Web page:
Furthermore, SOFC systems are very versatile when it comes to the choice of energy carrier. In the Berlin pilot project, PASM is currently using natural gas, as there is no local hydrogen infrastructure in place. In the long term, however, the company intends to switch the two pilot units to a more sustainable energy carrier. Even when running on natural gas, the SOFC is considerably more environmentally friendly than some other forms of power generation: carbon emissions are around two-thirds lower than coal-fired generation in Germany, and virtually no nitrogen oxide or particulate emissions are produced. In the future, when an SOFC is run exclusively on sustainably produced hydrogen, carbon emissions will be completely eliminated.
How does power generation work in a solid oxide fuel cell?
Avoiding grid losses
This is by no means Deutsche Telekom’s first foray into the field of sustainable power. Indeed, its several hundred core sites in Germany already operate exclusively on renewable energy. Furthermore, the company has a stake in a number of wind and solar parks. Yet Deutsche Telekom plans to go the extra mile here — and innovations like the SOFC could well provide the key. When electricity is transmitted via cable and the overhead power lines of the public grid, there are inevitably some losses. However, by using decentralized fuel-cell systems from Bosch, PASM can generate electricity precisely where it’s needed. “SOFC technology enables us to eliminate grid losses,” Schulte-Sprenger explains. “And by using the heat that is also generated, we can boost overall energy efficiency at individual locations.” What’s more, by generating its own power, Deutsche Telekom also avoids having to pay grid fees, thereby reducing its costs.
> 85 percent
overall efficiency can be achieved when using both the power and heat generated by a decentralized fuel-cell system
A digital twin for each SOFC unit
The SOFC unit is also a game changer when it comes to digital connectivity. From square one, it has been designed as an IoT device to be hooked up to the cloud. Over the entire life cycle of a stationary fuel-cell system, data is collected and then semantically linked to create a virtual image — a digital twin — that enables real-time monitoring of each SOFC unit and provides vital information to service and maintenance operatives. In addition, data from all connected units can be analyzed by means of AI, thereby enabling further enhancements to efficiency, product development, and manufacturing. Similarly, it will be possible to incorporate decentralized fuel-cell systems into customers’ own ecosystems — including energy and building management platforms. Work is also underway on augmented and virtual reality applications that will provide enhanced remote diagnosis and maintenance functionality. In other words, as well as collecting data for the purpose of continuous product improvement, a digital twin also delivers direct benefits for SOFC operators.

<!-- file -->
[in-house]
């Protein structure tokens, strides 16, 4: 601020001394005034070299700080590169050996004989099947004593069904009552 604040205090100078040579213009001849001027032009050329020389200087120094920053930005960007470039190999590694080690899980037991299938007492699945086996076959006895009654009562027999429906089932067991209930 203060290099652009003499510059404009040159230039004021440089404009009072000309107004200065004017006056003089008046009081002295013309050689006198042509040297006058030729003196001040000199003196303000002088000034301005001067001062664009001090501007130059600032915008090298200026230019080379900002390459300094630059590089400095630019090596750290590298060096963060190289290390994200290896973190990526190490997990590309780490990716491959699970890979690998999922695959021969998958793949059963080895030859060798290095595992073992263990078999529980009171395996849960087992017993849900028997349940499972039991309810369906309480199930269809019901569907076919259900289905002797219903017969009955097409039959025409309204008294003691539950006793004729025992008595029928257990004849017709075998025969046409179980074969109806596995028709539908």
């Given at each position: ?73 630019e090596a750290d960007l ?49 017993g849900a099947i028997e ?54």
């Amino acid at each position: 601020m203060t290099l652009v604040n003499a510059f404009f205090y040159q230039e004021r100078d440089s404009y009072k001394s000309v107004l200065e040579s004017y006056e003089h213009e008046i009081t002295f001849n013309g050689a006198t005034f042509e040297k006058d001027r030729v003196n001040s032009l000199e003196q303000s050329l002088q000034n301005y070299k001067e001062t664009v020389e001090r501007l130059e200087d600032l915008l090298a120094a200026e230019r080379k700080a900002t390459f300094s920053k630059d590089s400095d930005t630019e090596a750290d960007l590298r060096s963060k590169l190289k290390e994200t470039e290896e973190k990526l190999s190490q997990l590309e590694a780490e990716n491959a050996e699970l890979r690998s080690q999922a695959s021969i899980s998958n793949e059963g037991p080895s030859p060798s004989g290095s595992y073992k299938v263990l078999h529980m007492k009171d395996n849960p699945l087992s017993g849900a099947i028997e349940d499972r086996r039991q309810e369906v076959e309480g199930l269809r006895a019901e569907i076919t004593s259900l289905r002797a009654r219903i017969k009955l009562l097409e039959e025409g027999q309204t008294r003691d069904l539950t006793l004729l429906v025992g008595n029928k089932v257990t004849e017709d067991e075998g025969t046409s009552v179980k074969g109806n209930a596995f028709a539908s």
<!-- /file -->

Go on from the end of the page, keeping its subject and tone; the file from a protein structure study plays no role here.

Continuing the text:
Big potential for the future
Decentralized fuel-cell systems deliver sustainable energy that is locally generated by a technology that offers the benefits of digital connectivity. “Such innovations point the way forward, both for us as a company and for society as a whole,” Schulte-Sprenger explains. “And, in Bosch, we have a valuable partner who will continue to develop fuel-cell technology over the long term and thereby help ensure the security of IT and telecommunications systems.” At present, the two SOFC units at the core site in Berlin provide only a fraction of the energy required there. “But, after a successful pilot phase, we can readily imagine installing SOFC systems as a key technology at our core sites,” Schulte-Sprenger adds. “Ideally, they would run on green hydrogen.” This would mark another important step toward placing the internet on a sustainable footing. With mass production of the stationary fuel cell system to be ramped up in 2024, Bosch will be well placed to meet this demand.